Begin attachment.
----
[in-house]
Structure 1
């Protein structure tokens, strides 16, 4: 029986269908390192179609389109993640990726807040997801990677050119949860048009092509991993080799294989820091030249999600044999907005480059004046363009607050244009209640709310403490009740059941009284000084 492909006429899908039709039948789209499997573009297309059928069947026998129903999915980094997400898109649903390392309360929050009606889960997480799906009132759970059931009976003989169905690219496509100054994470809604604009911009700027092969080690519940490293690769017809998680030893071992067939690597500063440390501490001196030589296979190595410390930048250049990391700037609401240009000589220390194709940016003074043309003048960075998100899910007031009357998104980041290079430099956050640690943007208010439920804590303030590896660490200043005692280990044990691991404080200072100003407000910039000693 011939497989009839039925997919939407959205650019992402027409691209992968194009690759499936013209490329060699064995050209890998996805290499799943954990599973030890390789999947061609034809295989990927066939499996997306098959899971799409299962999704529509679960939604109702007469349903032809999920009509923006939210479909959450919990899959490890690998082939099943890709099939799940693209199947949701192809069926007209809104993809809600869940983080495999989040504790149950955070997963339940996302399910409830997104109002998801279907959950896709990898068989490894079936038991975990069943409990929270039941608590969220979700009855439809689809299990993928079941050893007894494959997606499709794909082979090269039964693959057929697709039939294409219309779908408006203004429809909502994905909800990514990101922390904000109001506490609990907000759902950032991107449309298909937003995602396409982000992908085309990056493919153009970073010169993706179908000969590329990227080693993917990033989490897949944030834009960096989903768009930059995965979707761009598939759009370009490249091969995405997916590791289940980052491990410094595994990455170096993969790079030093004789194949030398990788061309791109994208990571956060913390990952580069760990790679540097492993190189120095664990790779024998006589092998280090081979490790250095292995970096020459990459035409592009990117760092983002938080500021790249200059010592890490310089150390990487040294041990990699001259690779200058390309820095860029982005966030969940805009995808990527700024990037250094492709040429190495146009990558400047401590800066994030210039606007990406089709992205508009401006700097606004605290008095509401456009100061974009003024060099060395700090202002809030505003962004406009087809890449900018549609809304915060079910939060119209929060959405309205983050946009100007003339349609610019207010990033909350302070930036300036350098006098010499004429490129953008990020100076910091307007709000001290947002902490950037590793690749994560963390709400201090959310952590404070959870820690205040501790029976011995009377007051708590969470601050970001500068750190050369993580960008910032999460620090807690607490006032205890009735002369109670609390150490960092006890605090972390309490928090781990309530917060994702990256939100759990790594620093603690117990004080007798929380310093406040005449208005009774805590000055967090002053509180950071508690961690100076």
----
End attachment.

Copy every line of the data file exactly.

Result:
[in-house]
Structure 1
């Protein structure tokens, strides 16, 4: 029986269908390192179609389109993640990726807040997801990677050119949860048009092509991993080799294989820091030249999600044999907005480059004046363009607050244009209640709310403490009740059941009284000084 492909006429899908039709039948789209499997573009297309059928069947026998129903999915980094997400898109649903390392309360929050009606889960997480799906009132759970059931009976003989169905690219496509100054994470809604604009911009700027092969080690519940490293690769017809998680030893071992067939690597500063440390501490001196030589296979190595410390930048250049990391700037609401240009000589220390194709940016003074043309003048960075998100899910007031009357998104980041290079430099956050640690943007208010439920804590303030590896660490200043005692280990044990691991404080200072100003407000910039000693 011939497989009839039925997919939407959205650019992402027409691209992968194009690759499936013209490329060699064995050209890998996805290499799943954990599973030890390789999947061609034809295989990927066939499996997306098959899971799409299962999704529509679960939604109702007469349903032809999920009509923006939210479909959450919990899959490890690998082939099943890709099939799940693209199947949701192809069926007209809104993809809600869940983080495999989040504790149950955070997963339940996302399910409830997104109002998801279907959950896709990898068989490894079936038991975990069943409990929270039941608590969220979700009855439809689809299990993928079941050893007894494959997606499709794909082979090269039964693959057929697709039939294409219309779908408006203004429809909502994905909800990514990101922390904000109001506490609990907000759902950032991107449309298909937003995602396409982000992908085309990056493919153009970073010169993706179908000969590329990227080693993917990033989490897949944030834009960096989903768009930059995965979707761009598939759009370009490249091969995405997916590791289940980052491990410094595994990455170096993969790079030093004789194949030398990788061309791109994208990571956060913390990952580069760990790679540097492993190189120095664990790779024998006589092998280090081979490790250095292995970096020459990459035409592009990117760092983002938080500021790249200059010592890490310089150390990487040294041990990699001259690779200058390309820095860029982005966030969940805009995808990527700024990037250094492709040429190495146009990558400047401590800066994030210039606007990406089709992205508009401006700097606004605290008095509401456009100061974009003024060099060395700090202002809030505003962004406009087809890449900018549609809304915060079910939060119209929060959405309205983050946009100007003339349609610019207010990033909350302070930036300036350098006098010499004429490129953008990020100076910091307007709000001290947002902490950037590793690749994560963390709400201090959310952590404070959870820690205040501790029976011995009377007051708590969470601050970001500068750190050369993580960008910032999460620090807690607490006032205890009735002369109670609390150490960092006890605090972390309490928090781990309530917060994702990256939100759990790594620093603690117990004080007798929380310093406040005449208005009774805590000055967090002053509180950071508690961690100076």